Rancher's proposition(9)

By: Anne Marie Winston



"The man was shot between the eyes and stuffed in a closet."

"She didn't kill him on purpose," Cal repeated, his voice firming. "If you don't believe that, then I'll have to look for someone else to represent her."

"You might have to, anyway, if they charge her with murder. I'd want someone better versed in defense to step in if that happens." The attorney paused. "I believe you. And I know you believe her. I just hope you're right."

As he hung up the phone and stepped out of the barn, the words rang in Cal's head. I just hope you're right. He was. He knew Lyn hadn't murdered anybody as surely as he knew he himself hadn't. Maybe, as he'd said, she'd tried to defend herself and accidentally killed her former husband … but that didn't explain how he'd come to be hidden in a basement. There had to be someone else in the picture.

Three hours later, he sat beside her as two detectives from Rapid City questioned her about her ex-husband. Pat Haney sat on her other side, interrupting occasionally when he felt the detectives' questions stepped over boundaries better established early on.

"Tell us about your relationship with Wayne Galloway," demanded the younger man. His name tag read Det. Amick. Detective Amick had a face like a bulldog and the disposition of a rabid wolf. His hard brown eyes doubted every word Lyn uttered.

Lyn's hand fluttered. "He was my husband. We divorced eighteen months ago."

"Your marriage wasn't a good one, was it?"

"No." She was so pale Cal was worried that she might faint, and her voice was barely audible.

"You filed a restraining order last March. Why?"

Her hands were linked in her lap, clutching each other so tightly her fingertips went white. "Wayne started harassing me after I came back to the area. He came to my apartment several times asking for money. I told him I was barely making it as it was and he got angry. Abusive, like he'd been when we were married. So I called the police and he was warned to stay away." She raised haunted eyes to the men across the table. "Judging from my condition when I woke up in the hospital, I don't guess he did."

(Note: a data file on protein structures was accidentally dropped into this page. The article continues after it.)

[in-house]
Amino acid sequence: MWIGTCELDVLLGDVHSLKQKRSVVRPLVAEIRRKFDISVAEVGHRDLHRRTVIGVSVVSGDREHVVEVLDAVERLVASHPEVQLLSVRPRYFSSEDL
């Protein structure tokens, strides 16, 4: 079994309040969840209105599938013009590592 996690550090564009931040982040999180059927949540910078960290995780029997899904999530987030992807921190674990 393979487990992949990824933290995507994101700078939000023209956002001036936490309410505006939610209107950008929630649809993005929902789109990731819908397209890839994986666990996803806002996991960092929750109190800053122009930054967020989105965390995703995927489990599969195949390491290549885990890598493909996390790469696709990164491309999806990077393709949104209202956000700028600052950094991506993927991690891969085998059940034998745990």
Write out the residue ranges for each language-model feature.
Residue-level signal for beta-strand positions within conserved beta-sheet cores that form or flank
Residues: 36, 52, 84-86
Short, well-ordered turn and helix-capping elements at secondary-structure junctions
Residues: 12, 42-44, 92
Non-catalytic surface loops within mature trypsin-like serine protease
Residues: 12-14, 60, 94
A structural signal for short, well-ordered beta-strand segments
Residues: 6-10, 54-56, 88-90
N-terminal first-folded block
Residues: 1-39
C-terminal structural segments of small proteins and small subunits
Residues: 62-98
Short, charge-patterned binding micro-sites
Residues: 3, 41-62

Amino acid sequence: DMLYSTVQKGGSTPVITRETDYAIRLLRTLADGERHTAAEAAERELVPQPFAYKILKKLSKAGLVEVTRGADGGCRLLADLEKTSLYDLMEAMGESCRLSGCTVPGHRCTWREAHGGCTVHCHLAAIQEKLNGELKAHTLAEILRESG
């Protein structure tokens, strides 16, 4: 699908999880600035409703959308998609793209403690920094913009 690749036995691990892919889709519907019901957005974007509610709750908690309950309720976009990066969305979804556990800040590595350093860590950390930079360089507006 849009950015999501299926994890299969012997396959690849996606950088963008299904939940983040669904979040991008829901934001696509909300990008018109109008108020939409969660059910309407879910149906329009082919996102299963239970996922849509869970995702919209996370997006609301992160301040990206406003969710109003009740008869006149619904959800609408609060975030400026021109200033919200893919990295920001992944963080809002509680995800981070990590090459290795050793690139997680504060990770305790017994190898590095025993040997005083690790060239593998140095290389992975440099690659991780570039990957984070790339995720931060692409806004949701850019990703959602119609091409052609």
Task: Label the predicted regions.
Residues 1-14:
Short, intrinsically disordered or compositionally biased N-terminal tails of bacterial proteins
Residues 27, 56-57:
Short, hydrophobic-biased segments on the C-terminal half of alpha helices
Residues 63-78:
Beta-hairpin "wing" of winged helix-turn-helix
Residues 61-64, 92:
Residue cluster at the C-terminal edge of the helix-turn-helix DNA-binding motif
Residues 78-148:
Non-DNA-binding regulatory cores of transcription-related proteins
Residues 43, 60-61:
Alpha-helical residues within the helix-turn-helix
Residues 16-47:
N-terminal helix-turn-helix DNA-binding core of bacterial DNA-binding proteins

"What happened that day, Ms. Hamill?"

"I don't know."

"You don't remember." Amick uttered the words in a sarcastic tone.

Cal put a hand over Lyn's where they were still clutching each other in her lap. "If she remembered who beat her, she'd want to tell you, wouldn't she? Why would she hide that?"

"That's what we'd like to know," said the older man in a placatory tone. Biddle was the one they'd met at the ranch, and though he wasn't exactly friendly, his partner's attitude made him seem positively cuddly. He sounded like a television cop playing the good-guy role, hoping the poor, off balance subject would confide in him.

"How long have you known Mr. McCall?" Detective Amick's voice was so brusque Lyn's head came up and a deep red suffused her neck, quickly spreading up her cheeks clear to her hairline. "I—I, ah…"

"My sister found her after she'd been beaten damn near senseless," Cal said. "I needed a housekeeper and my sister talked me into giving Lyn the job." He shot a warning look across the table. "We met in July when I visited her at the women's shelter. She's been an exemplary employee and I don't appreciate your insinuations."

"Ms. Hamill is cooperating fully with your investigation," Lyn's attorney reminded the men. "Do you have further questions?"

The detectives looked at each other. The look said that they were convinced Lyn had killed her ex-husband, but equally clearly, they had no proof. "Not at this time," Amick said grudgingly. "But we might need to talk to you again so don't go anywhere."

Cal leaned across the table, watching both men steadily. Although neither detective moved, the tension level in the room rose a notch. "Are you telling Ms. Hamill she is forbidden to travel? On what authority? Can she leave Rapid City? How about Jackson County? Or does she have to stay inside the state borders—"

"We're not restricting her movements," said the older detective quickly. He addressed Lyn again. "We'd just appreciate it if you'd be available should we want to ask other questions."

"Thank you." Pat Haney didn't give either man a chance to comment further. "If you're finished with Ms. Hamill, we'll go."

Outside the building, the air was mild and the sun was shining. It was a pleasant day for early October, when the temperature could be anywhere from twenty to sixty. Lyn was shaking visibly as they stood on the street corner waiting for the traffic to pass. Pat had left them to head over to the courthouse and Cal put an arm beneath her elbow as they waited.

"Don't worry," he said. "They can't prove you killed him."

She pulled away from his hand. "I didn't kill him. I just can't believe I would forget that if I'd done it."